There are those who do it, though – usually because they are looking for treasure. Or, instead of a submersible, some use diving suits similar to those devised in the Victorian era (and that I think most of us are familiar with, in one form or another.)
These suits show up in … well, we haven’t seen them yet. But we will. *grin*
Then there are the automatons, which are devices that are driven by some kind of mechanism (usually powered by clockwork, water, or pressurized gas) and perform simple functions. One incredible example of lifelike automatons is found HERE, and served as the inspiration for the musical automatons that Ivy has to fix in the second chapter of the novella. 
There are other, smaller versions of the same types of automatons, which were immensely popular in the late Victorian era. You can see one in action here:

and animals were popular

As you can see, many of these automatons were designed to appear as lifelike as possible. The same is true in the Iron Seas…at least, for the automatons that are popular in the New World. For the buggers in England, the refugees in Scandinavia, and small settlements like Port Fallow (a walled city built in the same location as Amsterdam), the people prefer their automatons to show their gears. There are exceptions, of course (the musicians mentioned above), but generally speaking, only the New Worlders like their automatons’ guts covered up.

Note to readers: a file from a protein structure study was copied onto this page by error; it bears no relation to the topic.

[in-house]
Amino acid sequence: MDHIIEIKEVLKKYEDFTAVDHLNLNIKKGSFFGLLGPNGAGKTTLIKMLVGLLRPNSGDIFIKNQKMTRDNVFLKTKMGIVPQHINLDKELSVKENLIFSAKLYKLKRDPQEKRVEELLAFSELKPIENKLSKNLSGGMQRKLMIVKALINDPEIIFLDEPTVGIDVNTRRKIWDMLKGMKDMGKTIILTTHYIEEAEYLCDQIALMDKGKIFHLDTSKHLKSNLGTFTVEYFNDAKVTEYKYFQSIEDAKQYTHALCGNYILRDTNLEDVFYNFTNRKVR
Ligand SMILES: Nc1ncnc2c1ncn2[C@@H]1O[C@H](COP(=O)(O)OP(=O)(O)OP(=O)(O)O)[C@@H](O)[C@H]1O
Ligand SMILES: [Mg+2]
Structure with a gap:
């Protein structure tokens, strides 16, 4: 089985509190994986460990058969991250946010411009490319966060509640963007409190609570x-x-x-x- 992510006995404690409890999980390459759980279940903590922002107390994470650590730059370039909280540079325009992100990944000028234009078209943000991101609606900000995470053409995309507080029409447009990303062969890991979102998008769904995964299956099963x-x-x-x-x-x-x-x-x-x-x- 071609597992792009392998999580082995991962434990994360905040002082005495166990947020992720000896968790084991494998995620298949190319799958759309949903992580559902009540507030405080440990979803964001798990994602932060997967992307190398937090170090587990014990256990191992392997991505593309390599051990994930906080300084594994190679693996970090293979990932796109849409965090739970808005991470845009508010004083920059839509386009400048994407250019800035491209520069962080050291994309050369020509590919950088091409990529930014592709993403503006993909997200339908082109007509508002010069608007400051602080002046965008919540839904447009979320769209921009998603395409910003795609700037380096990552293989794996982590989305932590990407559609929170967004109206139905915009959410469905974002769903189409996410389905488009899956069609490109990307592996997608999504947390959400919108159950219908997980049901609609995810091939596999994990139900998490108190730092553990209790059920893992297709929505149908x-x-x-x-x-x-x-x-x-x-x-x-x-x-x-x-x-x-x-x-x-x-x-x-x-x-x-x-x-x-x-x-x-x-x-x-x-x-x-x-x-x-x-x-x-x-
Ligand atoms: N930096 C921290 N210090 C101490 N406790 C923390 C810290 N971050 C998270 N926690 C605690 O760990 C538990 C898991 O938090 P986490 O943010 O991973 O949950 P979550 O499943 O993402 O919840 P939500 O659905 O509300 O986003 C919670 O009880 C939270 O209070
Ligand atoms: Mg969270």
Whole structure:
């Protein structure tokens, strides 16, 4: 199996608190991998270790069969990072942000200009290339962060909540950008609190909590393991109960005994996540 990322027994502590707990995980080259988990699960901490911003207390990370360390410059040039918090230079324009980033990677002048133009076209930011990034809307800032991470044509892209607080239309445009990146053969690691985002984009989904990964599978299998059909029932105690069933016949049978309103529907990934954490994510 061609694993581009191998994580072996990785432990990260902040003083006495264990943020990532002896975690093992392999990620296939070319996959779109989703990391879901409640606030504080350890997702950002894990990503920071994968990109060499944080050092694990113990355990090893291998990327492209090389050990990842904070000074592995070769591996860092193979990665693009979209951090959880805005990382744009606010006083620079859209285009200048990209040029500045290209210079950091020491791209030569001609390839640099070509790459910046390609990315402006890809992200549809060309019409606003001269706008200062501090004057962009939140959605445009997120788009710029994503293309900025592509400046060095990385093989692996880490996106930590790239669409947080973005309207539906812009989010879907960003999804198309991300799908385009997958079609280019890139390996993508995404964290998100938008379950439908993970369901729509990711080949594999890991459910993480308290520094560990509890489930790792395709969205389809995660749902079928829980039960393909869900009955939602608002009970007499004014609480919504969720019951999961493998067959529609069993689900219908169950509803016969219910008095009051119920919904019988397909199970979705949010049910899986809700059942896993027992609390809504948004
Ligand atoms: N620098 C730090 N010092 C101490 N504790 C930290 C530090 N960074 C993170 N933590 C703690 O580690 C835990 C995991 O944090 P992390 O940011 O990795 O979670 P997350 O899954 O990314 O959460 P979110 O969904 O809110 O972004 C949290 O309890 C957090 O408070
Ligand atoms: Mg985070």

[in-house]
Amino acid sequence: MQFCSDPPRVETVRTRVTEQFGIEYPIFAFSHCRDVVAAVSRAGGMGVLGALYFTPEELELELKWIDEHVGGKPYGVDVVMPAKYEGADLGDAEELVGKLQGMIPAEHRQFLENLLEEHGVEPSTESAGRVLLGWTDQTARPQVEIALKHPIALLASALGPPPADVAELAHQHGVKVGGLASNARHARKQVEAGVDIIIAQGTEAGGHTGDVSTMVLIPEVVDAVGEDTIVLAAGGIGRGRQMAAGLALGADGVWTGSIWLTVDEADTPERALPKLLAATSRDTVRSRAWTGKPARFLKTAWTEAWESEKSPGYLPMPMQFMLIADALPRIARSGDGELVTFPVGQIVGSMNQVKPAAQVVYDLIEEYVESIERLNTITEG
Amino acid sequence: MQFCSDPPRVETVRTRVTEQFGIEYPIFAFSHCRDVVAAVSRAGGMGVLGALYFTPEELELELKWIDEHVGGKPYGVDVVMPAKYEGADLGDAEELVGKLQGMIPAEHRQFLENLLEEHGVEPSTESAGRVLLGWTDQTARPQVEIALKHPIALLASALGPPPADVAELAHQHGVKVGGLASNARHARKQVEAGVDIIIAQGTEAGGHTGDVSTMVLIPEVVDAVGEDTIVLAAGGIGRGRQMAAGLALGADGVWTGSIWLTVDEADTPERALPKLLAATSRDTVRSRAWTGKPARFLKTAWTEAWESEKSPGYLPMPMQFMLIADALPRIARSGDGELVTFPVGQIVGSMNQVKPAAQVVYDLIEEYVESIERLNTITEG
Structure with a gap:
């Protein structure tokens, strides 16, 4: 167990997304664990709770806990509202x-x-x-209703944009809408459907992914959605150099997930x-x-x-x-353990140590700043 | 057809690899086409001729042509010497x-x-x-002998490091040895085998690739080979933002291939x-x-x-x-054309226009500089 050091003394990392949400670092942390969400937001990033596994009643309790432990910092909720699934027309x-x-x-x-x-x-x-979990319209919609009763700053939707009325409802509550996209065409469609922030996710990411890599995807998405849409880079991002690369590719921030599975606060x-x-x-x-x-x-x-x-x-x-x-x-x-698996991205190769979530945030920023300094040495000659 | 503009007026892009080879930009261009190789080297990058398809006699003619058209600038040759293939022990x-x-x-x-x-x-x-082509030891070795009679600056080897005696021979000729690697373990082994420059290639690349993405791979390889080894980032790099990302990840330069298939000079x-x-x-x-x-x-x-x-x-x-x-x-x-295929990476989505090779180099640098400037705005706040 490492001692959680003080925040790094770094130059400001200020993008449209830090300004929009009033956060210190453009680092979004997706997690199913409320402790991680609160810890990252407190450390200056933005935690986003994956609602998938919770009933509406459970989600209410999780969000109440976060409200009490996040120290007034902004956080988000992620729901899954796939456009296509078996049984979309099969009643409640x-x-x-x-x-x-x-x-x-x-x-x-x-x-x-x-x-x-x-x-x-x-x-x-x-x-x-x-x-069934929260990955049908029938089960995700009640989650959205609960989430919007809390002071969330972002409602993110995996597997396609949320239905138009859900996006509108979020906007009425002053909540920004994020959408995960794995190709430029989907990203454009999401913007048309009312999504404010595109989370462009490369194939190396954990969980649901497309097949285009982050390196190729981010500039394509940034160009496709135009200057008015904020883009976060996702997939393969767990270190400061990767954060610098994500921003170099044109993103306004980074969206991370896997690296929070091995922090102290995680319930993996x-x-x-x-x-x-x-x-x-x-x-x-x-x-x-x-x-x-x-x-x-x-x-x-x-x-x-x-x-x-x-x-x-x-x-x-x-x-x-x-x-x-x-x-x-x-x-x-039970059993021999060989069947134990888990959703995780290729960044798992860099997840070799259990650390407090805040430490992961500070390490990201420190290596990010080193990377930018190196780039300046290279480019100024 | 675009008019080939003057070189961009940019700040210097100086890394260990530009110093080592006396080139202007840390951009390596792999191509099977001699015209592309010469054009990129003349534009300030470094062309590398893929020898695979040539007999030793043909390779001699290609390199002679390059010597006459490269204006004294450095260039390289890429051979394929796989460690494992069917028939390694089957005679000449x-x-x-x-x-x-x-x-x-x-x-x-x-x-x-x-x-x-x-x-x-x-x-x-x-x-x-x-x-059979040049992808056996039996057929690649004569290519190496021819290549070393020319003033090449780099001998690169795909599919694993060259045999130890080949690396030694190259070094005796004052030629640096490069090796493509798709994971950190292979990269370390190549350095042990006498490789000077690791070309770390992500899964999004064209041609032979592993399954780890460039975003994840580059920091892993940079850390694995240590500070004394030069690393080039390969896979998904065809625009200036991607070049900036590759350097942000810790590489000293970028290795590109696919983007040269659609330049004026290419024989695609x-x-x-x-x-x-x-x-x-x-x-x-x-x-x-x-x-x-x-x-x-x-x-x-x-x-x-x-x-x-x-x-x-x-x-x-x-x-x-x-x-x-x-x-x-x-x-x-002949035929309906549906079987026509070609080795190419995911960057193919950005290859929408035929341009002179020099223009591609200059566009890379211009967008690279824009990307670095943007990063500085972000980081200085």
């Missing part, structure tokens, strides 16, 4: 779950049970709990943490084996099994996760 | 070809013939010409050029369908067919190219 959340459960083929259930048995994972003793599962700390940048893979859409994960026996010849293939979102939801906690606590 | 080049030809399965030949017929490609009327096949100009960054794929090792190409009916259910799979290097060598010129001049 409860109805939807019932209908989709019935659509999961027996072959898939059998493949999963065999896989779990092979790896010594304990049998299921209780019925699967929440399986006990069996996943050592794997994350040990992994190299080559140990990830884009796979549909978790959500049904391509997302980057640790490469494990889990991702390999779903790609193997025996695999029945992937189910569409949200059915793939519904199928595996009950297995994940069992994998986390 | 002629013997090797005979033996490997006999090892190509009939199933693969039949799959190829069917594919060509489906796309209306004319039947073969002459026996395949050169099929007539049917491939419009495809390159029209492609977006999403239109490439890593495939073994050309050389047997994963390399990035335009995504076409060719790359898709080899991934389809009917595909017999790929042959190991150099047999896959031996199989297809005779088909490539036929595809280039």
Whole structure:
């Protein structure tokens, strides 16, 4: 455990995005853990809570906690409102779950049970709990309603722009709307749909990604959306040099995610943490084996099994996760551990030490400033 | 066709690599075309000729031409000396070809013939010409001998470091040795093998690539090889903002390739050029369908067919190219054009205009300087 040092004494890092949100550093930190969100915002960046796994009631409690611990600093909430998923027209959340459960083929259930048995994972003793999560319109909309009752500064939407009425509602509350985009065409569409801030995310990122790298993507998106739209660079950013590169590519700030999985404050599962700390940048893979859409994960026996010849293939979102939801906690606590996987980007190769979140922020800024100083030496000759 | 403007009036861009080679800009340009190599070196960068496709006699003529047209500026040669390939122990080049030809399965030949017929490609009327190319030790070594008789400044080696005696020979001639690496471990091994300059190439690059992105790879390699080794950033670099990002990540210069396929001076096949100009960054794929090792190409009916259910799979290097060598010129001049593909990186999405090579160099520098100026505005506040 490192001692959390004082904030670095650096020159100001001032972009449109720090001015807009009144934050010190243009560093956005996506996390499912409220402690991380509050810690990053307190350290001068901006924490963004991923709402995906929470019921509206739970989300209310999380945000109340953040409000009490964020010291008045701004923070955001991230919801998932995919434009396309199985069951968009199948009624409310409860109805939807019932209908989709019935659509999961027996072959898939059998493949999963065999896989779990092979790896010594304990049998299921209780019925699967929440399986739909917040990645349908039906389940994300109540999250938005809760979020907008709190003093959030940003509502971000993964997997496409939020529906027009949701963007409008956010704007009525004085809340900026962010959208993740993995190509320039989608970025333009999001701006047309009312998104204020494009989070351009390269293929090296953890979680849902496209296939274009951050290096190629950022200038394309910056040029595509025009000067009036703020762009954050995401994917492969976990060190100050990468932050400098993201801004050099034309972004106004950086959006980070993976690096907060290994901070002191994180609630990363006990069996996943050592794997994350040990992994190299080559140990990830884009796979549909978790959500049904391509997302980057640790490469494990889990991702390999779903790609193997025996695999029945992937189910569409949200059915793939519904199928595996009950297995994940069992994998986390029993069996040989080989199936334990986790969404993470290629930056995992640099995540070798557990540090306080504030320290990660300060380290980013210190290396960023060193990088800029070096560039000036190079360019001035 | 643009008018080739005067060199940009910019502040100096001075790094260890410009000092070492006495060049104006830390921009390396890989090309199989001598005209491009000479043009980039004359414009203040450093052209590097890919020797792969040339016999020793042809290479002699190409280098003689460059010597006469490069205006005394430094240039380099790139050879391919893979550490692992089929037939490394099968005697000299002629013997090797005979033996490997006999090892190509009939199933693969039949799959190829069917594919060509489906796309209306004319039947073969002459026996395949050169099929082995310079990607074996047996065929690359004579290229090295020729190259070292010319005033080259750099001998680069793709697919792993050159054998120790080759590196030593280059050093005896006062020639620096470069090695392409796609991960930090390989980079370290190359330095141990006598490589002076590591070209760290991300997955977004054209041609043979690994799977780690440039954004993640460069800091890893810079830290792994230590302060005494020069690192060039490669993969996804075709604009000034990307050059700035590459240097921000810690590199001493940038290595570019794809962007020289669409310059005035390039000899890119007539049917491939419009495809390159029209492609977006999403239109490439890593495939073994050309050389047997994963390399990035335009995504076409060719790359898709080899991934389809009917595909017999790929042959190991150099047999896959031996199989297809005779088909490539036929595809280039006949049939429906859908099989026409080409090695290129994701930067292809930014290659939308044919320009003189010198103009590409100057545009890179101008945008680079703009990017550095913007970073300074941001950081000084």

And speaking of covering up and devices that perform one simple task … there are the Victorian sexual aids. Being the fragile and overly-emotional creatures that they are, women suffered from hysteria and other disorders, and one common cure was a pelvic massage. Surprisingly, doctors did not enjoy giving these massages, and so several devices were invented to help them out. Here’s one – “The Manipulator”
“In 1869 and 1872 an American physician, George Taylor, patented steam-powered massage and vibratory apparatus, some of it designed for female disorders. […] Taylor warns physicians that treatment of female pelvic complaints with the “Manipulator” should be supervised to prevent overindulgence.” (pp. 14-15, The Technology of Orgasm, Rachel P. Maines)
Some of the Victorian devices range from hilarious to cross-your-legs cringe-inducing…but most of the characters in my Iron Seas series don’t have to worry about being treated for hysteria and emotional disorders (at least, not in that way.) That doesn’t mean, however, that sexual toys and devices won’t show up – and used for reasons both painful and pleasurable. For example, a passage from The Iron Duke